How do you discover new tools in a cutting-edge industry?
My colleague Kiersten Thamm recently proved just how cutting-edge our industry is. At a stream processing meetup, she asked the audience to stand up and then sit down based on the year they’d first heard of stream processing. Some folks sat down immediately to indicate they’d first heard of stream processing in 2022. By the time Kiersten reached 2017, the whole audience had taken their seats. Stream processing is so new that there aren’t textbooks and college courses to teach us how to do it. We have to learn from each other as a community.
Not only do we need to collectively explore architectures, concepts and systems but the tools we use to implement them. How do you discover a great new tool? In tech, your answer might be Reddit, Stack Overflow, Twitter, a developer community or an event. I asked around The Stream community’s Slack #general channel. Here’s what I found out.
Data science superpowers
“As a Data Scientist, I focus on math analysis and love tools that give me the superpower to be independent of data engineers and software engineers by filling my software engineering skill gaps,” said Javier Blanco, senior data scientist at Quix.
He’s a fan of Streamlit — what he calls “an amazing way to build apps to present data interactively with super easy syntax.” Javi recommends MLFLow, an open-source platform for machine learning, as a great way to automate and control ML artifacts, versions and deployments.
Making the backend beautiful
Patrick Mira, Quix’s head of software, highlighted tools he uses daily for backend development. He called GitKraken “the most beautiful and intuitive Git client that I have ever tried.”
If you’re into Kubernetes — but not so enchanted with the CLI — Patrick suggests Lens, a visual interface for Kubernetes that might make you break up with the command line altogether.
Robomongo, an old MongoDB graphic user interface, is, in Patrick’s view, still one of the best (and free!). Studio 3T acquired it, but it still provides a free-forever version called Robo 3T.
Senior software developer Steve Rosam chimed in on Patrick’s picks: “I’d like to see if anyone else doing stream processing or real-time processing is using anything vastly different.” Steve picked an entire suite of tools by Jetbrains as his first recommendation. “I used to use visual studio for C# dev, but now use Pycharm for Python, Rider for C# and Android, IntelliJ for Java,” Steve said. “These are really great tools that help with productivity.”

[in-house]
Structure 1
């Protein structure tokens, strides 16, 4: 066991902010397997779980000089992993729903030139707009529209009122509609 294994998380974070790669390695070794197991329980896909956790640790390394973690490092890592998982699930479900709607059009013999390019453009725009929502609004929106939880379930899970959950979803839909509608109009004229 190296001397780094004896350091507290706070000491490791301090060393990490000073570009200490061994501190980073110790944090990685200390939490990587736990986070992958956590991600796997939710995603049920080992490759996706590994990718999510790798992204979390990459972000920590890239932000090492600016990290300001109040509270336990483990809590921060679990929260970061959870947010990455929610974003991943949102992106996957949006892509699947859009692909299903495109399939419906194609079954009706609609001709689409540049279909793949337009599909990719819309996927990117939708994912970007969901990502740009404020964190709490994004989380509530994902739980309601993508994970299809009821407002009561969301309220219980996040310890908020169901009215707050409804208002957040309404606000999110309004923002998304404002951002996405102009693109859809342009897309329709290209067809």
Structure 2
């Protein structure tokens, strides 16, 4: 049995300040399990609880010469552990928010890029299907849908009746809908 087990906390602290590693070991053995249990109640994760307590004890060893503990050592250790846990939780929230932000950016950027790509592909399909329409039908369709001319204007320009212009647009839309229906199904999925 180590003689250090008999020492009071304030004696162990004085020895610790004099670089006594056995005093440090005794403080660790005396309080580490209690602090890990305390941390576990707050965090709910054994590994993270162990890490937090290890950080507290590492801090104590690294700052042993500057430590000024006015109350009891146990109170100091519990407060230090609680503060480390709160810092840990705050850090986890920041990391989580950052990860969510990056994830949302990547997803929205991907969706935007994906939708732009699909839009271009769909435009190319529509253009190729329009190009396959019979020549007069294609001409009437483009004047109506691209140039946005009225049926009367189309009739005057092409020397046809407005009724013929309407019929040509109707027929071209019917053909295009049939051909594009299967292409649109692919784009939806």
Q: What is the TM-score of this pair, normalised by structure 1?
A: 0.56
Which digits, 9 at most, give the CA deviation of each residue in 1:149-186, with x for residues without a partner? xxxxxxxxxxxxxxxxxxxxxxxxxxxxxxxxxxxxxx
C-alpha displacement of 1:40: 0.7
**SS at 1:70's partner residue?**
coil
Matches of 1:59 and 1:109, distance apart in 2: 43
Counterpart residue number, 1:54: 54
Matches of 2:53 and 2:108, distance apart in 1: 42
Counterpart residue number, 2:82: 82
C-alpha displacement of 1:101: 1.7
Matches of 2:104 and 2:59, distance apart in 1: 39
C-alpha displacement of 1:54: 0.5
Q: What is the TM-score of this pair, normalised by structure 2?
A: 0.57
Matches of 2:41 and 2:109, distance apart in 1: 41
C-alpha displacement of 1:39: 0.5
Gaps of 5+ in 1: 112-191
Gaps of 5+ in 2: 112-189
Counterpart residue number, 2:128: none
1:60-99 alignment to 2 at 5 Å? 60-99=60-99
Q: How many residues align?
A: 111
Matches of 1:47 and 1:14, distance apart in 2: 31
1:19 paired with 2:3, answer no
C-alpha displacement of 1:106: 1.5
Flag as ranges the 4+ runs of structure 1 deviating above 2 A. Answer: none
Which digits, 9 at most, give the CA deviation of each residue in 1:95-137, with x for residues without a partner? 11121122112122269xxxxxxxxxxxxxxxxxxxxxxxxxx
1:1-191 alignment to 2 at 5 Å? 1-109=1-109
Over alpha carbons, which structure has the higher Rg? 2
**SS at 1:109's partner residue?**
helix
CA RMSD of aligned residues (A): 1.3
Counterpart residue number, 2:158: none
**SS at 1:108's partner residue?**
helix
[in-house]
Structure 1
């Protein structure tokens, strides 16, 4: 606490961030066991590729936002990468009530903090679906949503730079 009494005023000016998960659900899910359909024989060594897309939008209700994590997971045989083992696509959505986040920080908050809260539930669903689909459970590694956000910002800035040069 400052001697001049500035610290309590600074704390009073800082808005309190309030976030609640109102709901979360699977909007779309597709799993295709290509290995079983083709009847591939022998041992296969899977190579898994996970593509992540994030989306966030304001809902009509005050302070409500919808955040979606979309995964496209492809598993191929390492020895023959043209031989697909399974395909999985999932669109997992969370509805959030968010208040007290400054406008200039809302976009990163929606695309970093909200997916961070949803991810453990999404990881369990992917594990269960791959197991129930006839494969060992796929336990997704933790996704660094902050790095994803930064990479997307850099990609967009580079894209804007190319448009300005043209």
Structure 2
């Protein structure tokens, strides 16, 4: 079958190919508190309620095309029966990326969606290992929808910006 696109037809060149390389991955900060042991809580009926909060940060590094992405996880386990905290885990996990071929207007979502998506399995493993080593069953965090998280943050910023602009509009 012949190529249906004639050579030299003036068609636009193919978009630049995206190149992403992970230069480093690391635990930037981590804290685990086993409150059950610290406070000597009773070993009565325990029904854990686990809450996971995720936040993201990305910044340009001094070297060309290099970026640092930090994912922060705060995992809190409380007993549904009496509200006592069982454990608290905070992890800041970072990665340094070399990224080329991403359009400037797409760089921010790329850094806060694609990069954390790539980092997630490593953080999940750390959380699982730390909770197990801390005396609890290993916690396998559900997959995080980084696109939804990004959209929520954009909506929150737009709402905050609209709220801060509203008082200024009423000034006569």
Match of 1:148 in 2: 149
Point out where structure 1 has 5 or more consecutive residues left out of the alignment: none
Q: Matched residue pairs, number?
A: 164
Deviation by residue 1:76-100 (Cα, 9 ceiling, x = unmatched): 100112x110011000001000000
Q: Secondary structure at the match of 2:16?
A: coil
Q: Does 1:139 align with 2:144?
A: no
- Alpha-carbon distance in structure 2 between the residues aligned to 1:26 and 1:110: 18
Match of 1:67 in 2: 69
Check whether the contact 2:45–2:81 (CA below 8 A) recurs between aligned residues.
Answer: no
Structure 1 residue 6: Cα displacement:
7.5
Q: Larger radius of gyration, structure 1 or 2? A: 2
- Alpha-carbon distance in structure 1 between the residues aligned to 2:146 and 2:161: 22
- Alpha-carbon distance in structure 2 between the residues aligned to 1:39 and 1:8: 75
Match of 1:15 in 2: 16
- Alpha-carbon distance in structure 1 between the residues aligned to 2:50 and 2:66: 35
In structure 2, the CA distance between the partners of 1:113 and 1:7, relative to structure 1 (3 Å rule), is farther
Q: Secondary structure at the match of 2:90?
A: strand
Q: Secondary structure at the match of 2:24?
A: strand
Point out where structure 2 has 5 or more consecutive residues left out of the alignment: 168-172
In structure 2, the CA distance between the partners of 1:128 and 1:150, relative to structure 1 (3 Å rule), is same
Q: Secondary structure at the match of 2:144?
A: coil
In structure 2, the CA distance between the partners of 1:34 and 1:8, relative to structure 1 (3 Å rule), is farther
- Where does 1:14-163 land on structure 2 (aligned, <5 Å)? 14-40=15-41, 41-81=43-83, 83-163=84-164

Old-school tools that get the job done
Quix head of platform, Peter Nagy, highlights older tools in his picks for little-known tech that more people should use. Like me, he’s a fan of Loom for asynchronous video and screen recording and sharing. Peter also puts Open Broadcaster Software (OBS) on his list for recordings. Steve added a +1 to Peter’s Loom and OBS Studio recommendations. And as Quix’s video tutorial creator-in-chief, he picked Camtasia and Davinci Resolve for video software.
“I’m sorry, I’m old school in this sense, but I favor Total Commander for its multi-tab folder/ file management over Windows Explorer any day,” Peter adds. The website alone is worth a visit, with a throwback design that suggests its origin date: 1996.
I’m an unrepentant tab-hoarder and have yet to find the perfect solution for my iOS world, but there’s hope. Meanwhile, for disk space hoarding and hogging, Peter recommends WinDirStat to get disk usage stats and clean up the outsized files.
Peter also recommends Obsidian, a tool for having your own local wiki with cross-linking for pages. It’s a knowledge base built on plain text markdown files. Also, take a look at GitExtensions, a super simple, super free GUI git tool that gets the job done. “Yes, GitKraken looks nicer, but I still like GE,” Peter says.
Getting the whole team organized
How do you track and organize development tickets? The Quix team uses Shortcut (formerly Clubhouse … no, not that social media platform, hence the name change). The team at Shortcut has rolled out some great new features recently, and CEO Mike Rosam calls it “100 times better than Jira” from Atlassian. I’ll add a +1 to that. Both Mike and Kiersten also give upvotes to Notion as a solution for the Quix team to test. Kiersten says it “a pleasant collaboration tool — who knew it was possible?!”
As a marketer who is frequently creating and revising web pages, I’m obsessed with Bubbles, an asynchronous collaboration tool. Have you ever wanted to mark up a website and found yourself taking screenshots, importing them into a doc or slide show, then adding comments?
Bubbles makes it easy for me to capture an entire web page, mark it up with text or video and resolve comments bit by bit. Also, it’s free of cost, installation and accounts.
I hope our team’s roundup of our favorite tech tools — especially those you haven’t tried yet — helps you level up your productivity or developer environment. Contribute your favorite tools to the conversation.